Open to Gallatin first-year students only.
Every three minutes Americans take more photographs than the entire 19th century produced. We have some 100 000 words of text pass through our eyes and ears each day (that’s ¼ of War and Peace ). We live with an abundance of information, choices, opportunities, products, texts, and images. Even the city we live in is bursting at the seams. But what is abundance and how do we navigate it ethically, socially, and artistically? This course investigates the history and changing shape of ideas about abundance, from sonnet writing in the Renaissance to twitter feeds today, from Augmented Reality poems and the Digital Humanities to consumerism, overcrowding, and artistic repurposing. Writers we will consider include Kenneth Goldsmith, David Foster Wallace, Karl Ove Knausgaard, Marjorie Perloff, and Walter Benjamin. Photography projects will include Penelope Umbrico’s Flickr Sunsets , Brandon Stanton’s Humans of New York , and Walker Evans’s Many Were Called ; Music by Glenn Gould, Sonic Youth, and Jay-Z; Films by Richard Linklater, Sarah Polly, and Bela Tarr. As we examine these materials we will also consider the changing shape of the traditional college essay and how to navigate abundance in our own writing. Students will write three short papers and a final critical essay.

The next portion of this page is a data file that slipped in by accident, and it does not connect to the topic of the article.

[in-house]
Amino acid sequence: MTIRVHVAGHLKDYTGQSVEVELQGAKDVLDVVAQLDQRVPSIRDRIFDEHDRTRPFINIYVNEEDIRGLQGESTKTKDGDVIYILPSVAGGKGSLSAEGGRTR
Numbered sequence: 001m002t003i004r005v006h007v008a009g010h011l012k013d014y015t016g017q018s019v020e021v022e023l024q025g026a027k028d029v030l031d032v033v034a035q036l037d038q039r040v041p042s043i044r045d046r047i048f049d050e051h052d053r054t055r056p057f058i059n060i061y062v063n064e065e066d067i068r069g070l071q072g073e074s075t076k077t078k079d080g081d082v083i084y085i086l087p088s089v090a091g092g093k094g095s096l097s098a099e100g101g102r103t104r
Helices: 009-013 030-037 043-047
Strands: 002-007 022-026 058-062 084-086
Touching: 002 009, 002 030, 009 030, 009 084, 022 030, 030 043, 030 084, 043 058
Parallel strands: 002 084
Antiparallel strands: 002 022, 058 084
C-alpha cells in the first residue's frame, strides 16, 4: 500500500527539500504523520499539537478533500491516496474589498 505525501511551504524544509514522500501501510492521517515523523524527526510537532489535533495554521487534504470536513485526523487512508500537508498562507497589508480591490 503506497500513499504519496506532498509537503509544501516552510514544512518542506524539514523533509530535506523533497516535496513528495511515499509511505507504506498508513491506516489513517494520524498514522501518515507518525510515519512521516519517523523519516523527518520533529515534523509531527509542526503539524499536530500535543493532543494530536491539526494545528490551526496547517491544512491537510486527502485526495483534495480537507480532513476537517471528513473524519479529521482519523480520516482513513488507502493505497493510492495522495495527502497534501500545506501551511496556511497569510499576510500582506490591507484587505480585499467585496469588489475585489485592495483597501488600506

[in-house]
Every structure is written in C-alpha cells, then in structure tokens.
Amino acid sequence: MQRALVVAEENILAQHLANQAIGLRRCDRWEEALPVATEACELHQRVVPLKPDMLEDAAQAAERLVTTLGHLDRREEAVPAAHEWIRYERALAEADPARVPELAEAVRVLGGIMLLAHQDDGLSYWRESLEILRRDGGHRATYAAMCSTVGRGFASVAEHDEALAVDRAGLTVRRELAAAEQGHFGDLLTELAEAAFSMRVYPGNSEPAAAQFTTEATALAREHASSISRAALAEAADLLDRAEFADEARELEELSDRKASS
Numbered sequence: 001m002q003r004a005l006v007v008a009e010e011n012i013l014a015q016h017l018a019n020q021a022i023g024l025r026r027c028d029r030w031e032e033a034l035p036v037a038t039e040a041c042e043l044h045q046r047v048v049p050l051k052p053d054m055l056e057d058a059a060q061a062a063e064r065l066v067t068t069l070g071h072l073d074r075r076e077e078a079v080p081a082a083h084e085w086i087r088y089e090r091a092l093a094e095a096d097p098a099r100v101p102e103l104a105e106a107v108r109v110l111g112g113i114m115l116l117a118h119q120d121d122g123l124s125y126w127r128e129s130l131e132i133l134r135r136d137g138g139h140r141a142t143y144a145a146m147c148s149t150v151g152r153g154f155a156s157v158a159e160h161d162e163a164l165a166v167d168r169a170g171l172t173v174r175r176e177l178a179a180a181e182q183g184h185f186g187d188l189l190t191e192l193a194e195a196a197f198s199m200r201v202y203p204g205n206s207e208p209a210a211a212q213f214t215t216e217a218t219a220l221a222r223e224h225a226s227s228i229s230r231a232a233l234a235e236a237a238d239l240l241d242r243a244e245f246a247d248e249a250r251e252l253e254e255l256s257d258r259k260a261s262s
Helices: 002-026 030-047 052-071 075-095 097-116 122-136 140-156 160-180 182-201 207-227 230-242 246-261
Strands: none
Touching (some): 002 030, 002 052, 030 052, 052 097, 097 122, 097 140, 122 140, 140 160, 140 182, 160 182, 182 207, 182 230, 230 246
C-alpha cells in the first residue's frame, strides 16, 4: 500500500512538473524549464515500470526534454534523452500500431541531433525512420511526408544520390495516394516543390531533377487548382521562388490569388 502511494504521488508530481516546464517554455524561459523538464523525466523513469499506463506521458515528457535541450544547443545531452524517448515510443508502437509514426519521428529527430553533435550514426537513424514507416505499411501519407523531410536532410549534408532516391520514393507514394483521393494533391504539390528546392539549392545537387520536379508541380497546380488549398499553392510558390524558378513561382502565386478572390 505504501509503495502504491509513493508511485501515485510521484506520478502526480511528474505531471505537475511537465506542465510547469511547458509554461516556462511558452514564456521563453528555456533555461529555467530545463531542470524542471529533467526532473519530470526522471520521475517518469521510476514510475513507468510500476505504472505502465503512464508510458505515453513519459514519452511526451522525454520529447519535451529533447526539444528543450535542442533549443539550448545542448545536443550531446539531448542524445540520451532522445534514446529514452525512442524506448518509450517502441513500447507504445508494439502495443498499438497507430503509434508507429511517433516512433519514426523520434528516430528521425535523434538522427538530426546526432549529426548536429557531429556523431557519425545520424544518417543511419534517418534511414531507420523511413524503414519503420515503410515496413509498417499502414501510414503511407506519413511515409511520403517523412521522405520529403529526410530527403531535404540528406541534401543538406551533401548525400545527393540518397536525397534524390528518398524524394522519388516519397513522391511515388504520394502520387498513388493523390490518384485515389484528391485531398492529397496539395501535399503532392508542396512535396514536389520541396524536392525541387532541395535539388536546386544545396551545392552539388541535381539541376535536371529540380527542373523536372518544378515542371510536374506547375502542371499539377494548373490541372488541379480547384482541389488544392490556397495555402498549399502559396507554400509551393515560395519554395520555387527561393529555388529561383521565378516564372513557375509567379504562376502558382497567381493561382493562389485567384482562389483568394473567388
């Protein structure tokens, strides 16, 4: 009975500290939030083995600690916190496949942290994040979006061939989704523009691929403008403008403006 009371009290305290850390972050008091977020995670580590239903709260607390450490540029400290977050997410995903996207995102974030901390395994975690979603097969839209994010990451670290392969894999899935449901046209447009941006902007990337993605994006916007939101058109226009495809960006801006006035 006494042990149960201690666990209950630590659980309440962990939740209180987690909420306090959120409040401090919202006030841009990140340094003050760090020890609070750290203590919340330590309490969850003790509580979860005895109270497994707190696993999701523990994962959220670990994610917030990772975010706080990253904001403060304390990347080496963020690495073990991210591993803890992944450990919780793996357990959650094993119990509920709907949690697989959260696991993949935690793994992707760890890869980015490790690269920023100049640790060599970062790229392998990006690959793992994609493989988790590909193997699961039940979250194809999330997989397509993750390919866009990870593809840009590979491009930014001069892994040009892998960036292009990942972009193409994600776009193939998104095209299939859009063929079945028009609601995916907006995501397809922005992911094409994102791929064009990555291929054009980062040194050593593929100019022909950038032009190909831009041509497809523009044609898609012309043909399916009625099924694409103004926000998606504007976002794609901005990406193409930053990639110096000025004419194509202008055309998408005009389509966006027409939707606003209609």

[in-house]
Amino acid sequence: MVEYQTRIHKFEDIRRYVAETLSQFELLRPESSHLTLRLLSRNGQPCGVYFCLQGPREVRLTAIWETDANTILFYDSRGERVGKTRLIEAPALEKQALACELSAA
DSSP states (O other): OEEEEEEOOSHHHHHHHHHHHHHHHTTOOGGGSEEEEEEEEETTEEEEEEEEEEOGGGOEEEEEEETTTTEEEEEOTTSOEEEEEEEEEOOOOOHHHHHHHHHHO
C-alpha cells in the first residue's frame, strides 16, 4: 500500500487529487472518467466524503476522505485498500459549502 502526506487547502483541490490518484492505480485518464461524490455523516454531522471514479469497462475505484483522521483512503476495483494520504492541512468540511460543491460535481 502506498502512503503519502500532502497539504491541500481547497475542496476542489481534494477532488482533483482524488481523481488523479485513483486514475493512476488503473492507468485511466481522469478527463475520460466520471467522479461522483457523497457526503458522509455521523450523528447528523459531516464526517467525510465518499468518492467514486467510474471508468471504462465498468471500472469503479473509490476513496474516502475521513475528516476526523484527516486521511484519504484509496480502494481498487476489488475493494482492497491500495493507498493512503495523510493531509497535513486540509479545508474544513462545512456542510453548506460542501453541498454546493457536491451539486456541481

First-Year Program: Writing Seminars (FIRST-UG)